Carassotrema lamellorchis Parasite not specific
Carassotrema megapharyngus Parasite not specific
Carassotrema schistorchis Parasite not specific
Carassotrema wui Parasite not specific
Channa argus argus Predator not specific
Channa micropeltes Predator not specific
Cleidodiscus brachus Parasite not specific
Clonorchis sinensis Parasite not specific
Cucullanus cyprini Parasite not specific
Dactylogyrus alatoideus Parasite not specific
Dactylogyrus anchoratus Parasite not specific
Dactylogyrus brachius Parasite not specific
Dactylogyrus chenminjungae Parasite not specific
Dactylogyrus chini Parasite not specific
Dactylogyrus clavaeformis Parasite not specific
Dactylogyrus eigenmanni Parasite not specific
Dactylogyrus flagellicirrus Parasite not specific
Dactylogyrus foliicirrus Parasite not specific
Dactylogyrus hemiculteris Parasite not specific
Dactylogyrus latituba Parasite not specific
Dactylogyrus leucisculus Parasite not specific
Dactylogyrus liangshiyani Parasite not specific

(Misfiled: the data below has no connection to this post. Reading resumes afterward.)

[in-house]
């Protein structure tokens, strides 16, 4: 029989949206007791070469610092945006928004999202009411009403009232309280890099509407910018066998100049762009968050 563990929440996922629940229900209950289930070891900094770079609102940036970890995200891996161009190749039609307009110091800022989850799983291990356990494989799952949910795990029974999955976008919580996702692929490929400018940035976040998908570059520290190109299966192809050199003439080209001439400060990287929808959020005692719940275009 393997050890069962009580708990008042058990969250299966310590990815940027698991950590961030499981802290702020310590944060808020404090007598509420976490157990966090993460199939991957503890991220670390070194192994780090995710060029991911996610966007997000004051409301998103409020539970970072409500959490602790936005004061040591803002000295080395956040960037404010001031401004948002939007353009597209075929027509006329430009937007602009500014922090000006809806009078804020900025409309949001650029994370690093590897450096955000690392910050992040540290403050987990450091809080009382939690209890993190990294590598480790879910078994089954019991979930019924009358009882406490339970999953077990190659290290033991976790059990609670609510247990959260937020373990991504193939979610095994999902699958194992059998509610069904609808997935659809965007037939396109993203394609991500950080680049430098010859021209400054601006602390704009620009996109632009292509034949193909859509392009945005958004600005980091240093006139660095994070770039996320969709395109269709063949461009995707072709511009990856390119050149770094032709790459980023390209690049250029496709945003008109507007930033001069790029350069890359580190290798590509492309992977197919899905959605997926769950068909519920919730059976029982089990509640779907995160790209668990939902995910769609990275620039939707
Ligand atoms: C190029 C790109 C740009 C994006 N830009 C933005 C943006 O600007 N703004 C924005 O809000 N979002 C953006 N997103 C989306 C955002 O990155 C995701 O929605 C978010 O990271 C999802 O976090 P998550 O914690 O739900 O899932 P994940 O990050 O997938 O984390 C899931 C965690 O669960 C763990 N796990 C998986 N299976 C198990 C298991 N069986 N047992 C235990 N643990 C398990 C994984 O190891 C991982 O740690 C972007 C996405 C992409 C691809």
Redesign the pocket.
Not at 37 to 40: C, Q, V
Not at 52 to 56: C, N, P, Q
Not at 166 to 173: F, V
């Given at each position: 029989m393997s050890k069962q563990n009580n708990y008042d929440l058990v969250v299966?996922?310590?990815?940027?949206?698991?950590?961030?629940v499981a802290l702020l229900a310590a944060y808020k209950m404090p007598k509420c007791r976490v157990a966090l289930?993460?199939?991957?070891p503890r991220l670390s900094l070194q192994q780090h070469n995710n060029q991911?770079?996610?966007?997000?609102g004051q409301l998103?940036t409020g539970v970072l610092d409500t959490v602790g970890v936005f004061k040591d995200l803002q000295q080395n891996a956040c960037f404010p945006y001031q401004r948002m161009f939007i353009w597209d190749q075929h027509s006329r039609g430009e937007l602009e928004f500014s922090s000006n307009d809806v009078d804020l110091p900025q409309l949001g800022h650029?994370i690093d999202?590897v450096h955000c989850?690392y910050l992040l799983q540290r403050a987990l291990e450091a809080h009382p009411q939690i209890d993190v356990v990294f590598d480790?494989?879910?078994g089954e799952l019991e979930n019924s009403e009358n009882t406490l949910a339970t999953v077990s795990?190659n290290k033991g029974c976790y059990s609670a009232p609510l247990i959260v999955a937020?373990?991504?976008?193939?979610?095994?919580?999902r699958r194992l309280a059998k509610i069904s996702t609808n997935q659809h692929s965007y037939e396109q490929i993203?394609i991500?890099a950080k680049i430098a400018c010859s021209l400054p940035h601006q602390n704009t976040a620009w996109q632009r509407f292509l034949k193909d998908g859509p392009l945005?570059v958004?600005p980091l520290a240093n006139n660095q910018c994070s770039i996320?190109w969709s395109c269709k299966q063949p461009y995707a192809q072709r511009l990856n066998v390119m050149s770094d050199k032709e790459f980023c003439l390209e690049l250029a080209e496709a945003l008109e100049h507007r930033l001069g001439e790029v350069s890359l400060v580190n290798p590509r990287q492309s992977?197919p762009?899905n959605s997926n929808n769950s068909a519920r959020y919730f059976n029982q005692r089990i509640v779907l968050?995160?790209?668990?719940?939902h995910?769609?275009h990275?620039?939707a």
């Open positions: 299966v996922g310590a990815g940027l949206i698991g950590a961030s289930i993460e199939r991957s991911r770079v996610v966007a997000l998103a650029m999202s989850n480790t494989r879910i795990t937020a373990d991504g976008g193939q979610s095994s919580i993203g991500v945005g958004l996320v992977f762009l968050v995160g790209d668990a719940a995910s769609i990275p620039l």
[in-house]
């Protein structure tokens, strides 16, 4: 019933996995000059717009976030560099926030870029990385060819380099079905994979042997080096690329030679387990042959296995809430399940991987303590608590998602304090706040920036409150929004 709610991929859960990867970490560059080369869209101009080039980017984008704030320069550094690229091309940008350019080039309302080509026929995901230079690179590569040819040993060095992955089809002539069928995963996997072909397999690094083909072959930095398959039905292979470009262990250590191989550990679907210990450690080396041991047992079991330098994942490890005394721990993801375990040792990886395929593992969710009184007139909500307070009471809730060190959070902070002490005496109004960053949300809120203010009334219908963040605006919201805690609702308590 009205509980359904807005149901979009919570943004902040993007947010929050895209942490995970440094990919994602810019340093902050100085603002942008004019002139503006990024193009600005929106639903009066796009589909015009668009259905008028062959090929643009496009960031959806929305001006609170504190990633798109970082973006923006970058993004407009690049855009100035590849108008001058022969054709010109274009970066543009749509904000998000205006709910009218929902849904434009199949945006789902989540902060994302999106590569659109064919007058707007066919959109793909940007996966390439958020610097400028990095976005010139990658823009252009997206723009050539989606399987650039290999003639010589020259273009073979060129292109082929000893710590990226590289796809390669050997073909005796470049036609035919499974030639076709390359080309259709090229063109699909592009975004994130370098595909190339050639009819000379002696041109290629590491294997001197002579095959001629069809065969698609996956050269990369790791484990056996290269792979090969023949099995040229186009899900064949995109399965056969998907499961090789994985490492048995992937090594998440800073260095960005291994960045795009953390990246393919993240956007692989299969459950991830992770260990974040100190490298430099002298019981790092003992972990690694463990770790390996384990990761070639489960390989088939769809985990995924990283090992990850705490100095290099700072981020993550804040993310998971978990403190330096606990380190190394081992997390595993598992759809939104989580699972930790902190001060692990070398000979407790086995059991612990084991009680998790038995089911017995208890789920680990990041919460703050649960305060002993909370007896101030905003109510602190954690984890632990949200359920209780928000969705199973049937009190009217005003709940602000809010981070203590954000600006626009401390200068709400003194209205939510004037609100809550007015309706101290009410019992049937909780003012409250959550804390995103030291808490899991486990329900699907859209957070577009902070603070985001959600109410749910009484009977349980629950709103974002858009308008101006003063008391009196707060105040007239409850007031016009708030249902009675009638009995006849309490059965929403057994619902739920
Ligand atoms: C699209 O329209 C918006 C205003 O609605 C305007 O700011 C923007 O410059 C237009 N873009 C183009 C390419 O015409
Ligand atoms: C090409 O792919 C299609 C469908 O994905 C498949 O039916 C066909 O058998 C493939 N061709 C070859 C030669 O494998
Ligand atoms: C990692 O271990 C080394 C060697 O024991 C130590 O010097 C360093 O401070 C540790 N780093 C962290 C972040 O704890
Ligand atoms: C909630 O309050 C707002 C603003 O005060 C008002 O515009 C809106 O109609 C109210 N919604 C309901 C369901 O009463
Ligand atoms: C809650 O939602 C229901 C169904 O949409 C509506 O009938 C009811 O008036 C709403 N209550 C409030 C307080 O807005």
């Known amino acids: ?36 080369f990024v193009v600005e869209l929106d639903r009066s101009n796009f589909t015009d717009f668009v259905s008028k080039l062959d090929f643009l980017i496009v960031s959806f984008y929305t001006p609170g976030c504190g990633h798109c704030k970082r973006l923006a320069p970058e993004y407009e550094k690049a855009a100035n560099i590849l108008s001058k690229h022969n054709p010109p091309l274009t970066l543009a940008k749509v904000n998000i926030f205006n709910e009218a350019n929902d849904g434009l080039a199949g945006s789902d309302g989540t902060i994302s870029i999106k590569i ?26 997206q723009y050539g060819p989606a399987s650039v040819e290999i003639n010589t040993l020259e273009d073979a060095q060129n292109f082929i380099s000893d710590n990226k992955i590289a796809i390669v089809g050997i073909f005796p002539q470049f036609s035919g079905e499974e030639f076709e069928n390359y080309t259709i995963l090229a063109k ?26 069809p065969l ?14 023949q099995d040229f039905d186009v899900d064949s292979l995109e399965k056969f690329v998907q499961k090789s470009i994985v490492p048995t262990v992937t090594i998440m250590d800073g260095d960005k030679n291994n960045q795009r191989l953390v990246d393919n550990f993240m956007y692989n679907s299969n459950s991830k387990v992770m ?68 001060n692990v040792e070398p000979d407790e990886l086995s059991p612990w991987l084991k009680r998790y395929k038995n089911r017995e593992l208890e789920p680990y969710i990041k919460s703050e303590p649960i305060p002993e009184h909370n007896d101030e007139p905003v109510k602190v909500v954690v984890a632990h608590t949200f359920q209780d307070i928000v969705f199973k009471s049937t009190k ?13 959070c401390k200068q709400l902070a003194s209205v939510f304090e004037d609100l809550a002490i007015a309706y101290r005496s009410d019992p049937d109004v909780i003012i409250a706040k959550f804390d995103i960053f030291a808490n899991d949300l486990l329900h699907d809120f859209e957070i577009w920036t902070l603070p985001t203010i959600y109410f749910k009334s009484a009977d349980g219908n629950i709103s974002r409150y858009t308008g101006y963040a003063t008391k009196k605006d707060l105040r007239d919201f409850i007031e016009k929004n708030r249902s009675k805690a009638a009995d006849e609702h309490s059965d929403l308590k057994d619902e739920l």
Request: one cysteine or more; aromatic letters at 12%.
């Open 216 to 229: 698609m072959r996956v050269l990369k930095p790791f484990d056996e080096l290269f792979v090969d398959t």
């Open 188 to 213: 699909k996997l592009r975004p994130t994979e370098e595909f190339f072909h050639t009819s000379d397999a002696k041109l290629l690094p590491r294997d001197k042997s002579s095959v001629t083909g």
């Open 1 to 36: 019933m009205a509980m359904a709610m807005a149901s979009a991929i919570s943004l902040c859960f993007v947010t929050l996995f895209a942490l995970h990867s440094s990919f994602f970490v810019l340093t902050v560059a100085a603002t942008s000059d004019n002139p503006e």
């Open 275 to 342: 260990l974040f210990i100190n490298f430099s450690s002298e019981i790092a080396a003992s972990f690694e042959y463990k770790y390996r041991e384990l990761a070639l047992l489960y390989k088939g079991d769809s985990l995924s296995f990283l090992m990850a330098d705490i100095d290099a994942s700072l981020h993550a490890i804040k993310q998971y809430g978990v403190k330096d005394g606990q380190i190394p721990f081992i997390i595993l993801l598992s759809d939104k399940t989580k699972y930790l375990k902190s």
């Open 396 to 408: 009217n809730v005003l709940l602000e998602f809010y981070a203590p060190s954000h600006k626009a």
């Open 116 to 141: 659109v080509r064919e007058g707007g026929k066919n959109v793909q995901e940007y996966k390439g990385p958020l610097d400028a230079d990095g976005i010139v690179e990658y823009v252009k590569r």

Dactylogyrus magnihamatus Parasite not specific
Dactylogyrus montschadskyi Parasite not specific
Dactylogyrus nikolskyi Parasite not specific
Dactylogyrus ornithopodus Parasite not specific
Dactylogyrus pannosus Parasite not specific
Dactylogyrus parabramis Parasite not specific
Dactylogyrus paracurvituboides Parasite not specific
Dactylogyrus peculiaris Parasite not specific
Dactylogyrus proprius Parasite not specific
Dactylogyrus pusillus Parasite not specific
Dactylogyrus tridigitatus Parasite not specific
Dendronucleata petruschewskii Parasite not specific
Diplostomum hupehensis Parasite not specific
Diplostomum niedashui Parasite not specific
Diplozoon hemiculteri Parasite not specific
Dollfustrema vaneyi Parasite not specific
Echinochasmus beleocephalus Parasite not specific
Echinochasmus japonicus Parasite not specific
Echinostoma robustum Parasite not specific
Gyrodactylus hemiculteris Parasite not specific
Haplorchis pumilio Parasite not specific
Hebesoma violenteum Parasite not specific
Metagonimus yokogawai Parasite not specific
Micracanthorhynchina motomurai Parasite not specific
Paradiplozoon doi Parasite not specific
Paradiplozoon hemiculteri Parasite not specific